It is difficult to open one’s self and senses in such an environment – to listen or touch or speak. Without that space it is nearly impossibly to act with care, with any semblance of true freedom and control. This lack of control is an important part of human consciousness, we are not free choosers most of the time, but this condition of dependence creates its own demand for a space in which we can reflect, choose and claim our freedom, which is – in essence – to claim some authority over your social environment, to have a place in setting the social spirit in which you find your own individual spirit unavoidably situated.
You feel this insight as a moment of release, but wonder: is there hope beyond the power of pain and pleasure to interrupt the stream of experience, beyond our ability to become aware of our environment? Can we act with freedom and care?
You want very badly to say, “Yes!” And the space of resistance is surprisingly fertile once we realize that the agenda that dictates our spirit is not a singular imperative backed by any coherent or sinister social force, it is a milieu that is itself often unthought, unintentional, and messy, such that the challenge is to give attention and begin to think and act in a countervailing way. You start to hope change might be easier than we are taught to believe because in its smallness influencing and responding to the social environment is something that we all do everyday. The challenge is one of revaluation, pausing to judge which message, thought, impulse wins out in the clamor for our attention, and which messages we ourselves send out.
In the film Brief Encounters the photography of Gregory Crewdson is revealed as source of inspiration and also resistance to the imperatives of the world. His enormous photos are carefully staged moments that are designed to look perfectly real, and in this they reveal that the real itself is designed, staged and every bit the performance that Crewdson’s photographs are. In their detail, depth and scope, which are only made possible by the careful work of the artist and a massive team, the photos are in their way more real than the world because their artificiality and their perfection bring to the surface the intention, construction and meaning that the world of our experience is built from.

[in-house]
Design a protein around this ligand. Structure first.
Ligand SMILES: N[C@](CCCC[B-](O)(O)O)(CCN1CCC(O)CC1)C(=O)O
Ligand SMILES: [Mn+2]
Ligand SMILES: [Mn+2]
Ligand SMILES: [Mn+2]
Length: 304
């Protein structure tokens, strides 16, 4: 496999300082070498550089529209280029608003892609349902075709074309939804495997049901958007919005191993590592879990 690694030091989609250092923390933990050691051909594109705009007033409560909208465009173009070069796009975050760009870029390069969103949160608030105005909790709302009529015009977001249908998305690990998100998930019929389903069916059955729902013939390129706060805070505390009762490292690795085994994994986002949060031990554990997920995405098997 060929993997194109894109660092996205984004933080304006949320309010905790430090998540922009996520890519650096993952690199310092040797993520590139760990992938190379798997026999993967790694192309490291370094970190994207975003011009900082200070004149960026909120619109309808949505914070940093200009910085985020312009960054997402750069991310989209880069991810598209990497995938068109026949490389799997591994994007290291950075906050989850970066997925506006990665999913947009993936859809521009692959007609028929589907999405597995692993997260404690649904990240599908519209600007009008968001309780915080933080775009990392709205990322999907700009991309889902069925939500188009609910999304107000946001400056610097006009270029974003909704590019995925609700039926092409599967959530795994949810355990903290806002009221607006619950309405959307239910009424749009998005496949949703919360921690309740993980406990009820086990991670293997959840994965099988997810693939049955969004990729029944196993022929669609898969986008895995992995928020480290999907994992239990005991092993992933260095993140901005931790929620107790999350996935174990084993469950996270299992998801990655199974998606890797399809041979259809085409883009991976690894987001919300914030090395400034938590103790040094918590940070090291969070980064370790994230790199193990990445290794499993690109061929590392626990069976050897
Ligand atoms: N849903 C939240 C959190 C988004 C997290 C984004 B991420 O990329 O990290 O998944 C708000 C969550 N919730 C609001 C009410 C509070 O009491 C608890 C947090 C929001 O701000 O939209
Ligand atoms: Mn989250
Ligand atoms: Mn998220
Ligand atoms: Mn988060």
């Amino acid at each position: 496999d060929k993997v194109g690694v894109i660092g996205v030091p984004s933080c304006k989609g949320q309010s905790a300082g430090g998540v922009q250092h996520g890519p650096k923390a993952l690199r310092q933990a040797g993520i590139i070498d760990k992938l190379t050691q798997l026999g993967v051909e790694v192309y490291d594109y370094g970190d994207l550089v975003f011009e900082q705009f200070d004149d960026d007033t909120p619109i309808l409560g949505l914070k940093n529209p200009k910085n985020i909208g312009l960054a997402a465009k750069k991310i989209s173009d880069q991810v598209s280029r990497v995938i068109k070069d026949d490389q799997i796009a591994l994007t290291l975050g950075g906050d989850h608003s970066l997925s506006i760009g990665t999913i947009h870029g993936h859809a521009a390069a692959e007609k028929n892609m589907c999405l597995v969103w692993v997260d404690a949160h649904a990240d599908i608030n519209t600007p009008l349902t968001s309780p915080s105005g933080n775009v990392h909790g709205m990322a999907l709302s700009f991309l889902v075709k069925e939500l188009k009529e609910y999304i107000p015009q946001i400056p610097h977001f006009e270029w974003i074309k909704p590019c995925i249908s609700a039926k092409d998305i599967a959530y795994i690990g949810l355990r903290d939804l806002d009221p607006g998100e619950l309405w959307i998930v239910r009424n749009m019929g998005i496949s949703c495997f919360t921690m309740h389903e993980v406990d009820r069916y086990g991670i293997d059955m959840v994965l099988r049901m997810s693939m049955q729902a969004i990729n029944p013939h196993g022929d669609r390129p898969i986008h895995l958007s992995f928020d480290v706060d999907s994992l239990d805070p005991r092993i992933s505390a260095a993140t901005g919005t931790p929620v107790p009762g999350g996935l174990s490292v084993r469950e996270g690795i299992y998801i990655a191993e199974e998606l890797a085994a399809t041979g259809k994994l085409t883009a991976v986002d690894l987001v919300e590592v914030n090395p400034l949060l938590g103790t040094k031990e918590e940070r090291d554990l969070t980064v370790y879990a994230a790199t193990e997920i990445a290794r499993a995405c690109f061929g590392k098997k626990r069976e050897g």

Sitting in the dark theatre, Crewdson’s photos – projected on to the massive screen – provide you a moment in a world with a God, a figure in control, but that’s not why you feel comforted. Rather, in lingering on a scene and its construction, you feel comforted because you are able to respond, to talk back to God in that moment and in that world, you are able to respond to Crewdson’s world because it is still and because its intention is on the surface. Rushing back into the over-saturated world of daily experience you face the question: how do you pause and begin to alter the spirit of the world through your contribution to it? You worry in this moment that you are sounding mystical, and maybe even feeling religious – but perhaps that is the feeling that you need if you have world making on your agenda. And every democrat spirit must begin with the desire to remake the world in common each day, with a spirit of equality.